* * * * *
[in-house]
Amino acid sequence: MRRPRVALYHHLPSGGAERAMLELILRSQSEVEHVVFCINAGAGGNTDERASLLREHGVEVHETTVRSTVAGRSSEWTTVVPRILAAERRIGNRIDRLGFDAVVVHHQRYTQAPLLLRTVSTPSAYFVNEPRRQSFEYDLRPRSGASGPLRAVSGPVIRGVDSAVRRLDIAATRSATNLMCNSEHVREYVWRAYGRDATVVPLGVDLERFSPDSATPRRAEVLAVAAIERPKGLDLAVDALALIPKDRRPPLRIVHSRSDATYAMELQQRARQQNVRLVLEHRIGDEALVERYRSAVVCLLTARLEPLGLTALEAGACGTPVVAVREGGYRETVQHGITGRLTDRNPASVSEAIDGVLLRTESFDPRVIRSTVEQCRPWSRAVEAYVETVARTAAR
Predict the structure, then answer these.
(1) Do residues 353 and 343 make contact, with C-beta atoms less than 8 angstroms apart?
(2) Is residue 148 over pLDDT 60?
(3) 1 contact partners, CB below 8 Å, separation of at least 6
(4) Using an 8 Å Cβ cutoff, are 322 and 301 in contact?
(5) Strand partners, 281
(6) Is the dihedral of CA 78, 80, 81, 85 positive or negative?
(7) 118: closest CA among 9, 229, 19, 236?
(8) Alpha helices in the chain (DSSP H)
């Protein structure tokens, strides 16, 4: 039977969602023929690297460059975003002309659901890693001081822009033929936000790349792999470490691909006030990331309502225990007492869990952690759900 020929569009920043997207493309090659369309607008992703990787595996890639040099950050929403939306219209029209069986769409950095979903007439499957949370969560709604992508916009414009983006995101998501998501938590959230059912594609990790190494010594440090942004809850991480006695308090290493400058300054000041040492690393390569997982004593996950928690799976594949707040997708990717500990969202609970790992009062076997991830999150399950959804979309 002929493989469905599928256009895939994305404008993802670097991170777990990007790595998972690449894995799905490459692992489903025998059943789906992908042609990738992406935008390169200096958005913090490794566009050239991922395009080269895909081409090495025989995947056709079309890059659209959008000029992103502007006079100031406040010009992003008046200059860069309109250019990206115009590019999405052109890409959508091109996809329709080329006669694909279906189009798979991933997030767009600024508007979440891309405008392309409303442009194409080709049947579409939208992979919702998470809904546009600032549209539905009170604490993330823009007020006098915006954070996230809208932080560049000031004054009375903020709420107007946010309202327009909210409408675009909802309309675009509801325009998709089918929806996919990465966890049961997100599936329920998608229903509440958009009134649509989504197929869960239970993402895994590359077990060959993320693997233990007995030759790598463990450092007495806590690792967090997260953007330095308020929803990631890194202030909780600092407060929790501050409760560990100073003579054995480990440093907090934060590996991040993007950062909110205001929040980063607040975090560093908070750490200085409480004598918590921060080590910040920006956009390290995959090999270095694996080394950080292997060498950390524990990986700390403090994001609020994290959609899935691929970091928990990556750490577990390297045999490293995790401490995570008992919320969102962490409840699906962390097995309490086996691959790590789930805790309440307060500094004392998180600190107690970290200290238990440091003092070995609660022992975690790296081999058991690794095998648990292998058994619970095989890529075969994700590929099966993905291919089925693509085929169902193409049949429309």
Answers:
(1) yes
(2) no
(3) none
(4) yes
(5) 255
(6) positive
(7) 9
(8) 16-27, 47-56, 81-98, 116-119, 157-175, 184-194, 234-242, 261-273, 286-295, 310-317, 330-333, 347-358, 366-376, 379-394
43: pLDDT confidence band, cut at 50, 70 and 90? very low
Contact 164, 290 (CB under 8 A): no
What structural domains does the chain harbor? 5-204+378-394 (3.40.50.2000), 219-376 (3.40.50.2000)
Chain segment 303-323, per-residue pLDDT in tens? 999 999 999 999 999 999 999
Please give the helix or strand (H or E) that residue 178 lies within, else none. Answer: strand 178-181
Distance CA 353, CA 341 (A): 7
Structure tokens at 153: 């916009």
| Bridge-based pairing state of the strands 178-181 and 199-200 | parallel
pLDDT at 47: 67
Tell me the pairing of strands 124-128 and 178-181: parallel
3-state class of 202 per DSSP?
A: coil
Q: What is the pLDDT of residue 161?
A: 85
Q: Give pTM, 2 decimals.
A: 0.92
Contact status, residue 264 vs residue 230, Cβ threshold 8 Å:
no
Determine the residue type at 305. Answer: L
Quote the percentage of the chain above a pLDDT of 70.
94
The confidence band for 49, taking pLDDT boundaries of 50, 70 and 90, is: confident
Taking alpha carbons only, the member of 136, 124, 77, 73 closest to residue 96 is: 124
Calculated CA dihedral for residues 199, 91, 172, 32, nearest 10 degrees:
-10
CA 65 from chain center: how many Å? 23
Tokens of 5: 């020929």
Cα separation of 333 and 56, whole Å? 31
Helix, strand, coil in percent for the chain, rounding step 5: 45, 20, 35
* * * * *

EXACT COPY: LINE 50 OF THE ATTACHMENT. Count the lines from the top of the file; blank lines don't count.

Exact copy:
Helix, strand, coil in percent for the chain, rounding step 5: 45, 20, 35